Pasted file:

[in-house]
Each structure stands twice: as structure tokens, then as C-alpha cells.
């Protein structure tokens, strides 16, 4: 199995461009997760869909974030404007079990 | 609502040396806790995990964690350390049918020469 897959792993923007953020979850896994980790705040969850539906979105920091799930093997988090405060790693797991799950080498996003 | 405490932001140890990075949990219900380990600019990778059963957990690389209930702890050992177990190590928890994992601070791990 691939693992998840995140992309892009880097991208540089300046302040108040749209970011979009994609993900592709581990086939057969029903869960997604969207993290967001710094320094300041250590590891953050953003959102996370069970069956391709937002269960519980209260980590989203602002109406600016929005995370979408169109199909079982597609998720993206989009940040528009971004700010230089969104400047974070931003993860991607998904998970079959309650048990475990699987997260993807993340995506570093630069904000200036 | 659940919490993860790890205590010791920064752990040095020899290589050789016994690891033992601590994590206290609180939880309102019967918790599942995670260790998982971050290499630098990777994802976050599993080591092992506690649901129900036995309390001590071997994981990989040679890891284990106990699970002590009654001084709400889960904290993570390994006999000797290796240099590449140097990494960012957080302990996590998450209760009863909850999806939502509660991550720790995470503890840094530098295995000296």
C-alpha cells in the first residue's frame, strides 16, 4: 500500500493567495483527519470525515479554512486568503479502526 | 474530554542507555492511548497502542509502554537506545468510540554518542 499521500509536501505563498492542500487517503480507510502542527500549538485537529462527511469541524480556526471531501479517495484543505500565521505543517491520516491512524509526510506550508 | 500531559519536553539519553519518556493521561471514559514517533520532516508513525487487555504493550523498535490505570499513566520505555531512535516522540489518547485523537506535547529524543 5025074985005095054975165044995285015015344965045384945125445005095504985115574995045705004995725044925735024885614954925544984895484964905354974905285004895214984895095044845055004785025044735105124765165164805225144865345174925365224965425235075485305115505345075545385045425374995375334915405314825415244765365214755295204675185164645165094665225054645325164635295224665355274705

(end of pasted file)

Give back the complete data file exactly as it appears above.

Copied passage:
[in-house]
Each structure stands twice: as structure tokens, then as C-alpha cells.
């Protein structure tokens, strides 16, 4: 199995461009997760869909974030404007079990 | 609502040396806790995990964690350390049918020469 897959792993923007953020979850896994980790705040969850539906979105920091799930093997988090405060790693797991799950080498996003 | 405490932001140890990075949990219900380990600019990778059963957990690389209930702890050992177990190590928890994992601070791990 691939693992998840995140992309892009880097991208540089300046302040108040749209970011979009994609993900592709581990086939057969029903869960997604969207993290967001710094320094300041250590590891953050953003959102996370069970069956391709937002269960519980209260980590989203602002109406600016929005995370979408169109199909079982597609998720993206989009940040528009971004700010230089969104400047974070931003993860991607998904998970079959309650048990475990699987997260993807993340995506570093630069904000200036 | 659940919490993860790890205590010791920064752990040095020899290589050789016994690891033992601590994590206290609180939880309102019967918790599942995670260790998982971050290499630098990777994802976050599993080591092992506690649901129900036995309390001590071997994981990989040679890891284990106990699970002590009654001084709400889960904290993570390994006999000797290796240099590449140097990494960012957080302990996590998450209760009863909850999806939502509660991550720790995470503890840094530098295995000296």
C-alpha cells in the first residue's frame, strides 16, 4: 500500500493567495483527519470525515479554512486568503479502526 | 474530554542507555492511548497502542509502554537506545468510540554518542 499521500509536501505563498492542500487517503480507510502542527500549538485537529462527511469541524480556526471531501479517495484543505500565521505543517491520516491512524509526510506550508 | 500531559519536553539519553519518556493521561471514559514517533520532516508513525487487555504493550523498535490505570499513566520505555531512535516522540489518547485523537506535547529524543 5025074985005095054975165044995285015015344965045384945125445005095504985115574995045705004995725044925735024885614954925544984895484964905354974905285004895214984895095044845055004785025044735105124765165164805225144865345174925365224965425235075485305115505345075545385045425374995375334915405314825415244765365214755295204675185164645165094665225054645325164635295224665355274705